By Emily Tait
On March 13, 2019, the PTAB issued the fifth installment of its ongoing Motion to Amend Study, which tracks and analyzes motions to amend filed in AIA trials through September 30, 2018 (end of Fiscal Year 2018).
The data collected by the Board includes: (1) the number of motions to amend filed in AIA trials, both as a cumulative total and by fiscal year; (1) subsequent developments of each motion to amend; (3) the number of motions to amend requesting to substitute claims that were granted, granted-in-part, denied-in-part, and denied; and (4) the reasons the Board provided for denying entry of substitute claims. The most recently collected data is summarized below.
Patent owners have filed a motion to amend in 326 of the 3,599 completed trials (9%), and in 90 of the 670 pending trials (13%)—a total of 416 motions to amend.
The Board decided a motion to amend requesting to substitute claims in 205 of the 326 completed trials (63%). In the remaining 121 completed trials (37%), the motion to amend: (a) requested solely to cancel claims (20 or 6%), (b) was rendered moot because the panel of judges found the original claims patentable or because the panel of judges already decided a motion to amend proposing the same substitute claims (36 or 11%), or (c) was not decided because the case terminated prior to a final written decision (64 or 20%).
In the 205 actual decisions on motions to amend, the Board granted or granted-in-part and denied-in-part a motion to amend in 21 of the 205 trials (10%) and denied a motion to amend in 184 of the 205 trials (90%).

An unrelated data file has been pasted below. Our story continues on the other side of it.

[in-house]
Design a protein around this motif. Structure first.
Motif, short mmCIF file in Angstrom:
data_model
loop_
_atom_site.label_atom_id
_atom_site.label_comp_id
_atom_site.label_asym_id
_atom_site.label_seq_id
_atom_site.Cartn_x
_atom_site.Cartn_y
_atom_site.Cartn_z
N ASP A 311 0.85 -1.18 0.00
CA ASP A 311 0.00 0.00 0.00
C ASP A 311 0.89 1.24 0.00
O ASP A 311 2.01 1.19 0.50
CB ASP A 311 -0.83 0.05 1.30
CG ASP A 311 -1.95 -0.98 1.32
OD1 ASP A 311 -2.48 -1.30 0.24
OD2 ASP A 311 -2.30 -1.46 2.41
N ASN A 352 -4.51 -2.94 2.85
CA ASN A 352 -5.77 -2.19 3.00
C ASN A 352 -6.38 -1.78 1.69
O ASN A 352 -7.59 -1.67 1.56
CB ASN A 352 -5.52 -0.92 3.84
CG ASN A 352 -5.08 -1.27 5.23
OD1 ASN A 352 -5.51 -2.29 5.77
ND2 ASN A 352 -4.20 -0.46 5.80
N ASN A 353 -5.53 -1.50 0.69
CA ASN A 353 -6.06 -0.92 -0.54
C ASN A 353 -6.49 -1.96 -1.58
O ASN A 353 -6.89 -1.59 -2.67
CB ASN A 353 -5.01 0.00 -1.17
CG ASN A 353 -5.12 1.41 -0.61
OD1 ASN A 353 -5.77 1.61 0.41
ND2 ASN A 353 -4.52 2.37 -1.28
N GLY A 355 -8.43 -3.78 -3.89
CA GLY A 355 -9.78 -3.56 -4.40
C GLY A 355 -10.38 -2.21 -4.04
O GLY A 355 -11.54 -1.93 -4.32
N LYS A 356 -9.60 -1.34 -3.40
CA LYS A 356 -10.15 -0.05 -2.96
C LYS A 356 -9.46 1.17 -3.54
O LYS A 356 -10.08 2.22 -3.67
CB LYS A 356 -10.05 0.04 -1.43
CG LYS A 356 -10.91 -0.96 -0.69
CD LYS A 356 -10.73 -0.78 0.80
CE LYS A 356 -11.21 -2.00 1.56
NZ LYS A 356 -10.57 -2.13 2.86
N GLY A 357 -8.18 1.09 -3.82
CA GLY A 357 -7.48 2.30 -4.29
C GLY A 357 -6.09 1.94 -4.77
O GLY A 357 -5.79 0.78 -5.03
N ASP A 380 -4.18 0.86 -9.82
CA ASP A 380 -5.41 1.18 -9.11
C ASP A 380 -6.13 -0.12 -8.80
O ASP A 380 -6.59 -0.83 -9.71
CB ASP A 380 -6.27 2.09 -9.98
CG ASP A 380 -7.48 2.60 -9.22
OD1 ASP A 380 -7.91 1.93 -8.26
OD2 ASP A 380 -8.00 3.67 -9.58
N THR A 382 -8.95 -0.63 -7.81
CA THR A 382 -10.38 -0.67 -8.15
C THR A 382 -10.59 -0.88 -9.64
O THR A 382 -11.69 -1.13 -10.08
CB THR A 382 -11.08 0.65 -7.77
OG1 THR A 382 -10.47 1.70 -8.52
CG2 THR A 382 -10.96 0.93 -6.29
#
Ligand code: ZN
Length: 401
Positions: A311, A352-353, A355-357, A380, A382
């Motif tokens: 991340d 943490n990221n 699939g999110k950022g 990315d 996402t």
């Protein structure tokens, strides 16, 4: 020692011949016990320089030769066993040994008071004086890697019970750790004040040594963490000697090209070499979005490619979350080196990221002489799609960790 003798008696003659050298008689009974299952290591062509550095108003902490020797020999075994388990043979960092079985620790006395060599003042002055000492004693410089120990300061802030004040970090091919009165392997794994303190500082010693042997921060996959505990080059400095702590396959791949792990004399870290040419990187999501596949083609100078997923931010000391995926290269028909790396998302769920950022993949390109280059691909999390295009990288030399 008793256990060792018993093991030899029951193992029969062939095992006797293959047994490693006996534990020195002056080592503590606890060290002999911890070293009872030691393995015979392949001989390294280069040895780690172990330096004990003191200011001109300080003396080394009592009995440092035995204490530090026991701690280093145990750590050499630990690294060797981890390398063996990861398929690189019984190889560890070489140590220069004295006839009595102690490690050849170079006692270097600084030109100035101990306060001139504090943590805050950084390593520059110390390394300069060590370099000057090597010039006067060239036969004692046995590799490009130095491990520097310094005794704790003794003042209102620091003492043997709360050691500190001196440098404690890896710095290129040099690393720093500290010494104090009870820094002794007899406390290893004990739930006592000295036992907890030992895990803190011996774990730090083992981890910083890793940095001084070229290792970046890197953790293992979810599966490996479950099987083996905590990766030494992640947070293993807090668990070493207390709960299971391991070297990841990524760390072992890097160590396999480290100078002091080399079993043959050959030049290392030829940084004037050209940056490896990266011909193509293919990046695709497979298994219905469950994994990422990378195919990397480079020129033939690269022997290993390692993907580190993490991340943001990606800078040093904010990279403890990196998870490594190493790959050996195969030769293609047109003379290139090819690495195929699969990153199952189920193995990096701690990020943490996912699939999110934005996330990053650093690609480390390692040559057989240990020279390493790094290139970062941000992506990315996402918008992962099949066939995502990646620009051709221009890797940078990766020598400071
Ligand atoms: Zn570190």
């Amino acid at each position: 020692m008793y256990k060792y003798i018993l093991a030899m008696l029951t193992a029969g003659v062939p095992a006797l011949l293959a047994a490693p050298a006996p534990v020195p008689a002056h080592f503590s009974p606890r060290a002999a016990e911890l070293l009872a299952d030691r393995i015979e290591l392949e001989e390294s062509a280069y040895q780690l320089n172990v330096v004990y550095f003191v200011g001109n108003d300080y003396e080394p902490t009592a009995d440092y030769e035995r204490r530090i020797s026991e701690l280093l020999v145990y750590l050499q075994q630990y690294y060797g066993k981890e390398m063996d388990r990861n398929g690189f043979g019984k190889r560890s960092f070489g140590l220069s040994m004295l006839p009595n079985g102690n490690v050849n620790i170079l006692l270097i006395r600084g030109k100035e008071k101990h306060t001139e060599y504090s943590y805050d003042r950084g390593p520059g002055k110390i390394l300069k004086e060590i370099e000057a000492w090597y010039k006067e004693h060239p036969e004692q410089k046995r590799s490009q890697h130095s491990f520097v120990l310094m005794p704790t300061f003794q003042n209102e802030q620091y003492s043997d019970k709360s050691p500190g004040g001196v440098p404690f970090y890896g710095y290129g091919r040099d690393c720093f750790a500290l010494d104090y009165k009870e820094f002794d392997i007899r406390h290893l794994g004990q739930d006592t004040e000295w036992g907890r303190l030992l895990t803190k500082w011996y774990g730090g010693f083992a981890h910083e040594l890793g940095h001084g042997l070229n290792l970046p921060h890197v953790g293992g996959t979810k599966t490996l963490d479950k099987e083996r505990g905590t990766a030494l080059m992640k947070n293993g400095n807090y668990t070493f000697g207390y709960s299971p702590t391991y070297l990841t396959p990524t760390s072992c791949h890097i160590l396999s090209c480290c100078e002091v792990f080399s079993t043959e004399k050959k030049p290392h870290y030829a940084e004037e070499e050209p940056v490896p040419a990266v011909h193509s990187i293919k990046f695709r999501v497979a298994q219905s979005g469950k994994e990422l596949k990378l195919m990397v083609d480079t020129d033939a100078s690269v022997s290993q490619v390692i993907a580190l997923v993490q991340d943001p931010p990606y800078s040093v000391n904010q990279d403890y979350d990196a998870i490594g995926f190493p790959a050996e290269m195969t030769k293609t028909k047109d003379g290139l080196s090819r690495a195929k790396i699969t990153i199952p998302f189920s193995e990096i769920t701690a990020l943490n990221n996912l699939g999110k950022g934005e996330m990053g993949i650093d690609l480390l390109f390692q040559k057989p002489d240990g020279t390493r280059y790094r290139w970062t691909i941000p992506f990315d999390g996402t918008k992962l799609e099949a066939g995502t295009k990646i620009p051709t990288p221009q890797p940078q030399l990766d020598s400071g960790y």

The Board’s final written decisions identified at least one statutory ground of unpatentability or found that the patent owner failed to satisfy the statutory requirements for a motion to amend under 35 U.S.C. § 316(d) in 89% of trials or 175 trials. The Board’s decisions in most of those cases are akin to an examiner rejecting a proposed amended claim because it is anticipated, obvious, not adequately described in the written description, indefinite, or directed to non-statutory subject matter. In the remaining 22 (11%) trials, the Board based a denial solely on procedural reasons related to the requirements for a motion to amend—these 22 trials are the same trials that the Board identified as procedural denials in the first installment of the Motion to Amend Study released in April 2016.
As previously reported, there has been an increase in the number of motions to amend filed in fiscal year 2018, when compared to other fiscal years. The number of motions to amend filed in fiscal year 2018 (114) exceeds the number of motions to amend filed in any other fiscal year, and is more than double the number filed in 2017 (50) and 2016 (56). In the third quarter of fiscal year 2018, more motions to amend were filed (38) than in any other quarter.
More information regarding the PTAB’s Motion to Amend Study can be found on the USPTO website. See https://www.uspto.gov/patents-application-process/patent-trial-and-appeal-board/motions-amend-study.
Latest posts by Emily Tait (see all)
- Parties, Government Seek Rehearing in Arthrex - December 20, 2019
- Speech Recognition Patent Invalidated on Multiple Grounds in CBM Review - October 24, 2019
- Strategic Decision to Forgo Expert Does Not Allow a “Second Bite” - September 9, 2019